9 Best Songs From 'Westworld's First 3 Seasons (So Far) (VIDEO)

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Declaring that “Ramin Djawadi is a genius” isn’t an unpopular opinion — not even close. Fans of Game of Thrones declared as much when many reached the consensus that the song “The Night King” was better than the entire battle of Winterfell, and many believed the song “Stay a Thousand Years” did more justice by Dany than the finale did.

But Djawadi’s work hasn’t just redeemed seasons of shows some fans felt were subpar; it’s made incredibly written seasons even better. Such is the case with Westworld, where the composer has written orchestral versions of pop songs as well as original pieces to help in the construction of a world both beautiful and broken. Multiple worlds, in fact — and the humans and hosts populating them.

Here are our picks for the best songs from Westworld’s first two seasons, and what’s aired of the third.

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The Main Theme


Because of course. Ominous, western-sounding and atmospheric, the theme brilliantly set the tone for what Westworld would be about; and although the background images change every season, its brilliance remains.

Dr. Ford


Many fans miss Robert Ford (Anthony Hopkins), and whether or not we ever see him return in host form, thankfully, we’ll always have this beautiful entry to remember him by. The slower, string and piano-driven track is contemplative and almost ethereal. Ford didn’t really die. As the man himself once said, he just became music.

Heart-Shaped Box


Akechata’s solo outing in Season 2 was beautiful from beginning to end, but no moment is as haunting as the one when he escapes the park to look for the love of his life — and he finds her in cold storage. Throughout his excursion, Djawadi’s version of Nirvana’s “Heart-Shaped Box” plays, starting off quiet and growing louder as the host makes his way toward that heartbreaking discovery. It’s beautiful, tragic and unforgettable.

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Sweetwater


If we’re discussing iconic pieces from Westworld, we’d be remiss to exclude “Sweetwater.” The upbeat, adventurous track includes what sounds like the chugging of a train in the background, referencing that all-too-familiar locomotive that ferried visitors from the mainland to the park.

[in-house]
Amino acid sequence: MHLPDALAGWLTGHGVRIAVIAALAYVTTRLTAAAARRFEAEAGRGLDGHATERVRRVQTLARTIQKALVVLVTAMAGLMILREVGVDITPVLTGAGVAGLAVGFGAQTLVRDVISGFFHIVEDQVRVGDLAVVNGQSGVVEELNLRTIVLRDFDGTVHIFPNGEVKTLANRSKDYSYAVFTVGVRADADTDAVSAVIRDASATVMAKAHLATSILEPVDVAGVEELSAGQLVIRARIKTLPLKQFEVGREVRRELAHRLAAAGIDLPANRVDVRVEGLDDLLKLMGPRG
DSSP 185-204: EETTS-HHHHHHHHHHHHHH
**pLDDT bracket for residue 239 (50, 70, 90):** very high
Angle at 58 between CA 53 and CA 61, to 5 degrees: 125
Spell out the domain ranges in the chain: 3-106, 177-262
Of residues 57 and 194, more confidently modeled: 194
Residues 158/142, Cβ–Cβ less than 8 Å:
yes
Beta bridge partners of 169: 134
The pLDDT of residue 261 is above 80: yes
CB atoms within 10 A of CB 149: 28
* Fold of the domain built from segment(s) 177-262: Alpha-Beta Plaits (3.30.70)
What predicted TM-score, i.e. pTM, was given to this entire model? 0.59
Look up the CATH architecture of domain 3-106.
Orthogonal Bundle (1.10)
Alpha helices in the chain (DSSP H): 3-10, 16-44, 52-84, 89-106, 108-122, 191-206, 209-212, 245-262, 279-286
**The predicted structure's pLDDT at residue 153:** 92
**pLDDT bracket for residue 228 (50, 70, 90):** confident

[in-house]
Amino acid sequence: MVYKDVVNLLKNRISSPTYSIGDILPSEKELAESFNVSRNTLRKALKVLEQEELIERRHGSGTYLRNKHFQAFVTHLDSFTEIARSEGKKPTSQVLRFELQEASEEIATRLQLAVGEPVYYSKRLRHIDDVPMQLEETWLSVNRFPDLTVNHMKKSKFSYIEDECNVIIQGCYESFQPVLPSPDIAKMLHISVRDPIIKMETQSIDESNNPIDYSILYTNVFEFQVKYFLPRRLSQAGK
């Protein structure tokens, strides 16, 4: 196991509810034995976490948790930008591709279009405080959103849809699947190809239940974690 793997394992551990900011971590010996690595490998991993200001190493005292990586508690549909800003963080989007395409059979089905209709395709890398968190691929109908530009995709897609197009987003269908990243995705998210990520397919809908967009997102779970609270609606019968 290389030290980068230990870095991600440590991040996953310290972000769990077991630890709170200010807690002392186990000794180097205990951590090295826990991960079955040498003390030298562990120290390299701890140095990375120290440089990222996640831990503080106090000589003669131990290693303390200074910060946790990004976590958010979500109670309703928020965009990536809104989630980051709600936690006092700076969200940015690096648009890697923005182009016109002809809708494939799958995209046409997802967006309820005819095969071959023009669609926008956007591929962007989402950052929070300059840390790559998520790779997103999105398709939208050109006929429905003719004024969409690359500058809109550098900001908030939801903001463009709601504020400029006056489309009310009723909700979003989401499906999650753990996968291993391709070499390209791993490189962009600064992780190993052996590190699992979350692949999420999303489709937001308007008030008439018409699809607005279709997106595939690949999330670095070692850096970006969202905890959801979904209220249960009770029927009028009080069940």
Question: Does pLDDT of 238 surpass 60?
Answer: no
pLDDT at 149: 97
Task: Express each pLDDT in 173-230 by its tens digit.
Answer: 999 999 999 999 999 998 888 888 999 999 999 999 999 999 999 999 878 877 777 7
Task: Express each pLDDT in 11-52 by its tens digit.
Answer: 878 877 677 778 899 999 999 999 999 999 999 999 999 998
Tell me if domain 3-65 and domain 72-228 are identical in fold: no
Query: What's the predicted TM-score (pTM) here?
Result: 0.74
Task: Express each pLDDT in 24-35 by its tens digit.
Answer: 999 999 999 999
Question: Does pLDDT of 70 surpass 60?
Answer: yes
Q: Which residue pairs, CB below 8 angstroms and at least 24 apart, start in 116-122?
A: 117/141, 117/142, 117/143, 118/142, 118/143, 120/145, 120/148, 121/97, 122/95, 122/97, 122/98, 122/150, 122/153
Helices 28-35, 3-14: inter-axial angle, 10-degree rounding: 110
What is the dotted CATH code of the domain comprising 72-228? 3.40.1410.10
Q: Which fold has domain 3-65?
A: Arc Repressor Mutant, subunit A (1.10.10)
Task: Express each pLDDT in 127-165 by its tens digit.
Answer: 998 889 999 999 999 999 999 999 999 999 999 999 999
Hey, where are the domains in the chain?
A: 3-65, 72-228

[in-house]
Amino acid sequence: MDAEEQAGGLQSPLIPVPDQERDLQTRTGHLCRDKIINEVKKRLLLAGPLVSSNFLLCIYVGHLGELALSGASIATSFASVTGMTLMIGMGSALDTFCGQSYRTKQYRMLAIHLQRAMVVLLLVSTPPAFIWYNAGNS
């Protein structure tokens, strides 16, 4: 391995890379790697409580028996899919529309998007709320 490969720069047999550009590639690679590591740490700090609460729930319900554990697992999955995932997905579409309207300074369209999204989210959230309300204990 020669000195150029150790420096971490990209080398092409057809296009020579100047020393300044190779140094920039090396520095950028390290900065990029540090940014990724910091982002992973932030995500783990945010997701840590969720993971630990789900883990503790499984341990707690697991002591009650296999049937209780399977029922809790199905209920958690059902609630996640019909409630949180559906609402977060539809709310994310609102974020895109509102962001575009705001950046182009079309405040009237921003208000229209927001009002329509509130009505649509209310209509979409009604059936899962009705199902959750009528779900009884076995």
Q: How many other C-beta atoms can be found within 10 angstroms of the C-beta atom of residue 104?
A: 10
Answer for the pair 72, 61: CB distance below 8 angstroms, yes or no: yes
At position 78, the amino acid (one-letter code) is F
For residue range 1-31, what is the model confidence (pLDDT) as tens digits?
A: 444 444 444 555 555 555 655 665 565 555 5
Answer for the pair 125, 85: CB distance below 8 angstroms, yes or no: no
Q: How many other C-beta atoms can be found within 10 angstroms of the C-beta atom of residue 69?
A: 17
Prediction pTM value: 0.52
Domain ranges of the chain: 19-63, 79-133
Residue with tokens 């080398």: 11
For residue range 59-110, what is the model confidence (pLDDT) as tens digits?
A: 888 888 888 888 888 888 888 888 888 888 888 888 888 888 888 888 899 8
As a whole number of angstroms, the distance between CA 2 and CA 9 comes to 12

MIB


If “Sweetwater” means to highlight Westworld’s lighthearted side (if such a thing exists), “MIB” perfectly embodies its darkness — and the darkness inside the man for whom the track is named. Is any theme more recognizable than the stringed bass in the track’s introductory notes that loudly declare William has arrived? We don’t think so.

Bicameral Mind, Season 3 Remix


This hasn’t been released yet, so “Bicameral Mind” isn’t an official title (it is, however, the title of the epic Djawadi composition it references from Season 1). But regardless of what it ends up being called, it’s brilliant in the way it echoes the theme to fit Caleb (Aaron Paul) and Dolores’ (Evan Rachel Wood) first meeting outside the park. The ominous background notes seem to imply all might not end well for them — or at least, there’s plenty more to this story.

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Paint It, Black


Yet another rearrangement of a classic tune, “Paint It, Black” first played when Hector (Rodrigo Santoro) and his merry band of miscreants arrived to steal the safe from the Mariposa. Equally awesome? The similarly remixed version of “Seven Nation Army” that plays when Maeve and company arrive in Shogunworld to find their mirror-selves.

Dolores Reveal


“If you want something done right, you have to do it yourself.” And thus, the identity of the pearls were revealed: and it was Doloreses all the way down. This eerie tune was the perfect accompaniment for that stunning reveal.

Genre


Yes, the entire episode. If there was ever a single episode of this show built to highlight Djawadi’s talents, this trippy installment was it. The way the score shifts as Caleb undergoes a mental journey from noir thriller to romance to action-adventure is jaw-dropping, and the music still manages to echo the main theme to tie everything together. Also in the episode: the brilliant Djawadi translation of David Bowie’s “Space Oddity.”

Westworld, Sundays, 9/8c, HBO